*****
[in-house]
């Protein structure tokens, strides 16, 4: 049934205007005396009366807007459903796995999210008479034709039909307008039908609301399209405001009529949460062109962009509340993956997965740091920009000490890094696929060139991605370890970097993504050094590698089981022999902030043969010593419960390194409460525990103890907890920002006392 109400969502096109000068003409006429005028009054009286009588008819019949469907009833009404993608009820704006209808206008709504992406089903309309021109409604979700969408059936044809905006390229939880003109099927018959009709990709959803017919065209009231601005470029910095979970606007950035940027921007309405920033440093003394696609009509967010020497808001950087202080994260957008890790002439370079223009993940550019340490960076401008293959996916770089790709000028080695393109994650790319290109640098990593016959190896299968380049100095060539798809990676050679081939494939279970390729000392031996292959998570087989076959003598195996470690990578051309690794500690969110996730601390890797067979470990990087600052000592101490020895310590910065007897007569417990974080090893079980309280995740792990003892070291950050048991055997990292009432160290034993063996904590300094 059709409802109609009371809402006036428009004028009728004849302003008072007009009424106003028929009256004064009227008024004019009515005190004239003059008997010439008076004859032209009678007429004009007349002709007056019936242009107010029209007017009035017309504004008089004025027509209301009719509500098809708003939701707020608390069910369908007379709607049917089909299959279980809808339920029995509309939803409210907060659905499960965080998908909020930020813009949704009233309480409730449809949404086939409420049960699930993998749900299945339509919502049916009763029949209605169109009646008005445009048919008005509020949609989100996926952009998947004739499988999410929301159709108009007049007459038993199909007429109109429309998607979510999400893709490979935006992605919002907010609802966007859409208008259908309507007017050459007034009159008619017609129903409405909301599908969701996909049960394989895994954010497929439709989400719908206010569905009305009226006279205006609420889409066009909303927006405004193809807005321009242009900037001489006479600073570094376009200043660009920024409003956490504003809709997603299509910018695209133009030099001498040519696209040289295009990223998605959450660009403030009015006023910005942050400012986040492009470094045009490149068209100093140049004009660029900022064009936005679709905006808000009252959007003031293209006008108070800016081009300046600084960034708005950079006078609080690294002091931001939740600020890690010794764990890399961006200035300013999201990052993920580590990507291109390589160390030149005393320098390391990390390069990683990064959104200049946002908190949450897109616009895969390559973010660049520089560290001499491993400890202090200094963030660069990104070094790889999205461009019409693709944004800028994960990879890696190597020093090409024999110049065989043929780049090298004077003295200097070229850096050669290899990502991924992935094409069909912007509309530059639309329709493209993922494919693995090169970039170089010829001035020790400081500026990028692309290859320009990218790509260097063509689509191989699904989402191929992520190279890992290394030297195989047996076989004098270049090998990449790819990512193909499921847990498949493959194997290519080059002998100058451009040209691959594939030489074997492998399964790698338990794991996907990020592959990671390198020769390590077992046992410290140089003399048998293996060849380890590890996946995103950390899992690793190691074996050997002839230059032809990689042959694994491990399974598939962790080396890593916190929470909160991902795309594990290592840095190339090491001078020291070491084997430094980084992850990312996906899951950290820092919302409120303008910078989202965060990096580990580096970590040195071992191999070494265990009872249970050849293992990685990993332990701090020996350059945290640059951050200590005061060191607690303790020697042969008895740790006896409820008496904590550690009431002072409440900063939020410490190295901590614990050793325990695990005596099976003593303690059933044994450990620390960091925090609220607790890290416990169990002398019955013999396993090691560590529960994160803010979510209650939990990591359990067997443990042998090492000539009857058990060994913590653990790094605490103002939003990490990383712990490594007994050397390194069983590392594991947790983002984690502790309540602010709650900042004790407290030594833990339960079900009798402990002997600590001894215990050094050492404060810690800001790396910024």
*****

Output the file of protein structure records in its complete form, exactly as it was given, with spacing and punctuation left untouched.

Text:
[in-house]
């Protein structure tokens, strides 16, 4: 049934205007005396009366807007459903796995999210008479034709039909307008039908609301399209405001009529949460062109962009509340993956997965740091920009000490890094696929060139991605370890970097993504050094590698089981022999902030043969010593419960390194409460525990103890907890920002006392 109400969502096109000068003409006429005028009054009286009588008819019949469907009833009404993608009820704006209808206008709504992406089903309309021109409604979700969408059936044809905006390229939880003109099927018959009709990709959803017919065209009231601005470029910095979970606007950035940027921007309405920033440093003394696609009509967010020497808001950087202080994260957008890790002439370079223009993940550019340490960076401008293959996916770089790709000028080695393109994650790319290109640098990593016959190896299968380049100095060539798809990676050679081939494939279970390729000392031996292959998570087989076959003598195996470690990578051309690794500690969110996730601390890797067979470990990087600052000592101490020895310590910065007897007569417990974080090893079980309280995740792990003892070291950050048991055997990292009432160290034993063996904590300094 059709409802109609009371809402006036428009004028009728004849302003008072007009009424106003028929009256004064009227008024004019009515005190004239003059008997010439008076004859032209009678007429004009007349002709007056019936242009107010029209007017009035017309504004008089004025027509209301009719509500098809708003939701707020608390069910369908007379709607049917089909299959279980809808339920029995509309939803409210907060659905499960965080998908909020930020813009949704009233309480409730449809949404086939409420049960699930993998749900299945339509919502049916009763029949209605169109009646008005445009048919008005509020949609989100996926952009998947004739499988999410929301159709108009007049007459038993199909007429109109429309998607979510999400893709490979935006992605919002907010609802966007859409208008259908309507007017050459007034009159008619017609129903409405909301599908969701996909049960394989895994954010497929439709989400719908206010569905009305009226006279205006609420889409066009909303927006405004193809807005321009242009900037001489006479600073570094376009200043660009920024409003956490504003809709997603299509910018695209133009030099001498040519696209040289295009990223998605959450660009403030009015006023910005942050400012986040492009470094045009490149068209100093140049004009660029900022064009936005679709905006808000009252959007003031293209006008108070800016081009300046600084960034708005950079006078609080690294002091931001939740600020890690010794764990890399961006200035300013999201990052993920580590990507291109390589160390030149005393320098390391990390390069990683990064959104200049946002908190949450897109616009895969390559973010660049520089560290001499491993400890202090200094963030660069990104070094790889999205461009019409693709944004800028994960990879890696190597020093090409024999110049065989043929780049090298004077003295200097070229850096050669290899990502991924992935094409069909912007509309530059639309329709493209993922494919693995090169970039170089010829001035020790400081500026990028692309290859320009990218790509260097063509689509191989699904989402191929992520190279890992290394030297195989047996076989004098270049090998990449790819990512193909499921847990498949493959194997290519080059002998100058451009040209691959594939030489074997492998399964790698338990794991996907990020592959990671390198020769390590077992046992410290140089003399048998293996060849380890590890996946995103950390899992690793190691074996050997002839230059032809990689042959694994491990399974598939962790080396890593916190929470909160991902795309594990290592840095190339090491001078020291070491084997430094980084992850990312996906899951950290820092919302409120303008910078989202965060990096580990580096970590040195071992191999070494265990009872249970050849293992990685990993332990701090020996350059945290640059951050200590005061060191607690303790020697042969008895740790006896409820008496904590550690009431002072409440900063939020410490190295901590614990050793325990695990005596099976003593303690059933044994450990620390960091925090609220607790890290416990169990002398019955013999396993090691560590529960994160803010979510209650939990990591359990067997443990042998090492000539009857058990060994913590653990790094605490103002939003990490990383712990490594007994050397390194069983590392594991947790983002984690502790309540602010709650900042004790407290030594833990339960079900009798402990002997600590001894215990050094050492404060810690800001790396910024």